Are there other interesting relations among piece triads? Sure. Skewers, pins, forks, and other standard tactical motifs come into play. Interestingly, blocking the enemy (number 2) is basically a pin already! Switch the two defensive pieces, and we have a skewer! Forks are basically a case of number four (attack), but attacking two pieces at once--a double attack (obviously). Traps are essentially cases of first restricting the enemy (and him restricting himself, so numbers 3 and 5). (And note that checkmate is basically trapping the King). Discovered attacks are another instance of a double attack.

In other words, it seems many basic tactical motifs can be described in terms of these five basic interactions. That's pretty cool! Even removal of the guard is basically attacking (number 4) the defender (number 2) of an important piece or square.

Relations between interactions
Not all the interactions are independent. If a pawn is blocking the enemy from reaching your queen (number 2), that pawn is restricting the queen at the same time (number 3). However, if it were blocking the enemy from a Knight, the Knight is not restricted by that pawn. Hence, we need separate categories for enemy-blocking and self-restriction. (Finally, in some ways number 2 is a special case of number 5--blocking the enemy is one way of restricting his movement!).
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Re: Theory: Chess Tactics 1

Post by cofresi on April 19th 2009, 11:26 pm

Averbakh has a nice book on Advanced Tactics which was just reprinted, and although it didn't get good reviews in a few places, it was very helpful to me for studying tactical elements. He breaks down the elements of tactics into similar categories as well. Instead of "interactions" he calls these relations "contacts". So the pieces have different kinds of contact, just as in this scheme.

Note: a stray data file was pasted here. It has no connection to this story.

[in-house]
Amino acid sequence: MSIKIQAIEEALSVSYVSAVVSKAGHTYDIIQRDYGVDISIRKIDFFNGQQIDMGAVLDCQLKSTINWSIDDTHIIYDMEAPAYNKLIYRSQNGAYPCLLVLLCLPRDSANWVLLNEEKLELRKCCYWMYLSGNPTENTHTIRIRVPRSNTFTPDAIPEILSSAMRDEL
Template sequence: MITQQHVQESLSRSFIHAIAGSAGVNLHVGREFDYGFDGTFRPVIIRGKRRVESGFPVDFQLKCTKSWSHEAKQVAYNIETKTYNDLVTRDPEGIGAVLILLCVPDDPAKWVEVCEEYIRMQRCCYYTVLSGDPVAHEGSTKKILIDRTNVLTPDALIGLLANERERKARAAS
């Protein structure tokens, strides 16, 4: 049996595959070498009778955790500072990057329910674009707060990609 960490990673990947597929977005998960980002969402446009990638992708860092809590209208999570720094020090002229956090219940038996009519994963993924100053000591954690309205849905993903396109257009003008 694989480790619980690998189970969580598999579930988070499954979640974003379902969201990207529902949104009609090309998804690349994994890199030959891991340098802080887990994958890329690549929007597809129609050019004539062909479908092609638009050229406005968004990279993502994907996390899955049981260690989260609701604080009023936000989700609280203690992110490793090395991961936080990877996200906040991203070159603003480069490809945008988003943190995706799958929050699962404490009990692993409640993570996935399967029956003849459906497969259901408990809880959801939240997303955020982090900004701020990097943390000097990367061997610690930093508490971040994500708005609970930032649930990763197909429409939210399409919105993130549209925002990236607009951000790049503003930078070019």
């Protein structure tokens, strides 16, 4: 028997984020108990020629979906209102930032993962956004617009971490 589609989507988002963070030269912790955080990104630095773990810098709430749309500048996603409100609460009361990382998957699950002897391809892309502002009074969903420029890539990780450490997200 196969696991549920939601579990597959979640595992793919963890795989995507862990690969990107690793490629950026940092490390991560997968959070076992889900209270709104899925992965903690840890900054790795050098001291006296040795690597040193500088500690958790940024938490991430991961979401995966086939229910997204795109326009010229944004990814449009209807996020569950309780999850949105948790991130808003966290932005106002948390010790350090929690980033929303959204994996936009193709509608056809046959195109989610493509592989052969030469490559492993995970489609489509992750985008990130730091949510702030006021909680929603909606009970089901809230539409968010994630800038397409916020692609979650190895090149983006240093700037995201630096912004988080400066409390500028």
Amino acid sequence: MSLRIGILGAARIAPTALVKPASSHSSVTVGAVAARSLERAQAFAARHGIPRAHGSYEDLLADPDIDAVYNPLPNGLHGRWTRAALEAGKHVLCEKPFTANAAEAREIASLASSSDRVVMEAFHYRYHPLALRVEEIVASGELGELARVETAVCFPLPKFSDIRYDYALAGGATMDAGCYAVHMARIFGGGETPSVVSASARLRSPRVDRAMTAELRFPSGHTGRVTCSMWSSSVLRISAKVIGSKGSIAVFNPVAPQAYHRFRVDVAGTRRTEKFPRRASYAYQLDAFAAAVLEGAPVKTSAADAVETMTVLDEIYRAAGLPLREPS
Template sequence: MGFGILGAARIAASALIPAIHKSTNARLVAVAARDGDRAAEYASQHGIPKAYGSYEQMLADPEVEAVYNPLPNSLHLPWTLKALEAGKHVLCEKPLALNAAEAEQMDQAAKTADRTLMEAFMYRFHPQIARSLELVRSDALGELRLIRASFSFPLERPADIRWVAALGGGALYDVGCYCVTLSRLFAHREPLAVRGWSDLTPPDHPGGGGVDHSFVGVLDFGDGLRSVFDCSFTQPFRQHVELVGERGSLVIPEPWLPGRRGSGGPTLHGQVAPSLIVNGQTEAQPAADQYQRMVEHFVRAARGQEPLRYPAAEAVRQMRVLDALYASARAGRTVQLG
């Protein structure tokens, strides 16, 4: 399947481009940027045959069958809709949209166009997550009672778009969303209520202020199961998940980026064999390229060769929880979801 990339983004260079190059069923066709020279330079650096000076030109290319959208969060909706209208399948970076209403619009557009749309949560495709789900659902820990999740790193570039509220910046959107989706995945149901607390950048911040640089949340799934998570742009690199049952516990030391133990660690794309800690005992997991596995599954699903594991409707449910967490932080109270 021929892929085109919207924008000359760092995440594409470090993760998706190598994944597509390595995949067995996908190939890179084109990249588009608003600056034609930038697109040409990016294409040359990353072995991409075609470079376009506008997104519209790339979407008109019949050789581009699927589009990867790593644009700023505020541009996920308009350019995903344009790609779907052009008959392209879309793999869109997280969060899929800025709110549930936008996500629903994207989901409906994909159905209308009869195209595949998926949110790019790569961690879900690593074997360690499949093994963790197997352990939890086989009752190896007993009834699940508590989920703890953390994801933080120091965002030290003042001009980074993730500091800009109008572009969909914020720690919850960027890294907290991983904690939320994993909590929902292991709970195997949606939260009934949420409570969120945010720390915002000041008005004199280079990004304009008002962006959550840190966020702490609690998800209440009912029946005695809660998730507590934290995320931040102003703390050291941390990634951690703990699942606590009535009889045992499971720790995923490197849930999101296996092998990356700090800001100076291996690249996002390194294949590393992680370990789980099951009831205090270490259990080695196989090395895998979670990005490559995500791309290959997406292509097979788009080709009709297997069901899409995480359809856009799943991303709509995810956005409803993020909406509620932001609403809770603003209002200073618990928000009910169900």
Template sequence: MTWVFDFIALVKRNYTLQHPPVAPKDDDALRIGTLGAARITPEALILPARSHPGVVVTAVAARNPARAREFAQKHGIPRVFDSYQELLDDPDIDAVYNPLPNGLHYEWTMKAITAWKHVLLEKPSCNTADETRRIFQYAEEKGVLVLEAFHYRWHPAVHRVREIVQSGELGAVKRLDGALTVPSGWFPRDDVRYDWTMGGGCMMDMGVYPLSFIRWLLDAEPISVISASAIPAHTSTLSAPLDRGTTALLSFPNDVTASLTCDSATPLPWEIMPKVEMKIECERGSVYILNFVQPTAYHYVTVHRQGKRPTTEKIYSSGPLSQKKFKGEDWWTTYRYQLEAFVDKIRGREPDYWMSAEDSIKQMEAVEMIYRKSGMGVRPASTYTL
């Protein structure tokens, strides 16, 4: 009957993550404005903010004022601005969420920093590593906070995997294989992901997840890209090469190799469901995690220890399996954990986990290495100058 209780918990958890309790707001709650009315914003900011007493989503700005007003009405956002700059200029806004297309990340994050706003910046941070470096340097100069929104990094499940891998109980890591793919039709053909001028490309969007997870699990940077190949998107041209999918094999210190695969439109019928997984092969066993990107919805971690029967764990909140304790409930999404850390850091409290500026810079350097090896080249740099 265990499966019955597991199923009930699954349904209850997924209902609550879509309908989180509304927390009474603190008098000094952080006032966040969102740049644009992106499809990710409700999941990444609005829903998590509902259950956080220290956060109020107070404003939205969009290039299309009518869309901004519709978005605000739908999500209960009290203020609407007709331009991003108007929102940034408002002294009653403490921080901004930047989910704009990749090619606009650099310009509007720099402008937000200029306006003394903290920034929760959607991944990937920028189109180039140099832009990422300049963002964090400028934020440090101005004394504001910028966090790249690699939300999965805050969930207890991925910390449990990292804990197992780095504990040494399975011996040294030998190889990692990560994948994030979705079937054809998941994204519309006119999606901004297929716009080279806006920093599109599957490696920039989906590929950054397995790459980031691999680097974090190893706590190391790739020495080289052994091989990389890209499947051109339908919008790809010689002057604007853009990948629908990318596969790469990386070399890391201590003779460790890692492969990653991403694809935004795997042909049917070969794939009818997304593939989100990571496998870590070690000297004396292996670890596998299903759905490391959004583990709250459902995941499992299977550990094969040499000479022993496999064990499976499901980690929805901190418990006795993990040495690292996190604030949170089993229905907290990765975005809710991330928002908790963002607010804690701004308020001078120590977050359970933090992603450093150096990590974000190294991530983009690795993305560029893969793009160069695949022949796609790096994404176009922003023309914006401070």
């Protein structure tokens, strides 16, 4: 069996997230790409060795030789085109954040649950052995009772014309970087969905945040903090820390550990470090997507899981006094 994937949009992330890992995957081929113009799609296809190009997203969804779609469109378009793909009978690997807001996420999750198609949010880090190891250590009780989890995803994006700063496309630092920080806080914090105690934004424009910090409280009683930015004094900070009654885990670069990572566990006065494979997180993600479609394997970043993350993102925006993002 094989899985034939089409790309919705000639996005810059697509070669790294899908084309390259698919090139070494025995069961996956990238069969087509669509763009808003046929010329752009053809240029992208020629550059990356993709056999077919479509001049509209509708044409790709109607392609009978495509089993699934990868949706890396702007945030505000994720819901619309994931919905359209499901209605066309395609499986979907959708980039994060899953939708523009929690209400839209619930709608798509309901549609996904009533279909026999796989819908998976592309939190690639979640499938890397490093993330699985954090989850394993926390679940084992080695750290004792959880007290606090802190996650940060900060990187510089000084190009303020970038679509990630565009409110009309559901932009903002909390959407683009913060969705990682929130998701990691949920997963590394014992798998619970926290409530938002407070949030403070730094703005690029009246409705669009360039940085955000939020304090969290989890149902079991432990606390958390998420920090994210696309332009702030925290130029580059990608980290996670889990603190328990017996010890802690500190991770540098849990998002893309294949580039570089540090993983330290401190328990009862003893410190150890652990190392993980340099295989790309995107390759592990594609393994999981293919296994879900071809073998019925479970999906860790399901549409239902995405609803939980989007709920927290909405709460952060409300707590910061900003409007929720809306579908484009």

But he goes another step further by showing that there are stages of pre-contact. Many people can see the tactic easily when the pieces are already in place, ready for a knight fork or for a skewer or a discovered check. They can see the fork and the forking square. But the trick is to see that square when none of the pieces are close yet. When there is a tactic, there must also be a pre-contact, a pre-threat, a tactic not yet threatened, just a few moves before the pieces enter into clear contact.

Looking at tactics on this level of microanalysis is intensive work, best done before any game. It slows down your analytic vision so you would not want to practice this during a tournament game. But it will help to understand tactics more fundamentally.

Another author is Weteschnik, who has a CD on fundamentals of tactics, and who also breaks down tactics into microlevels by number of pieces involved in the tactic. I don't have the title right now, sorry.

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Re: Theory: Chess Tactics 1

Post by Blue Devil Knight on April 19th 2009, 11:58 pm

Very cool, thanks for the pointers. I'm tempted to get that book...last thing I need is another book!!!

I think the Martin CD is 'School of elementary tactics'.
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Re: Theory: Chess Tactics 1

Post by chesstiger on May 6th 2009, 6:04 am

Blue Devil Knight wrote:On the other hand I am weak at visualizing the position. I'm not sure what I'm supposed to do really. They say they will have exercises to work on visualization in the second month. Is that true?

Yes it's true!
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Re: Theory: Chess Tactics 1

Post by Blue Devil Knight on February 26th 2011, 12:32 am

It's been almost two years, and I find these ideas helpful more now that when I first read this.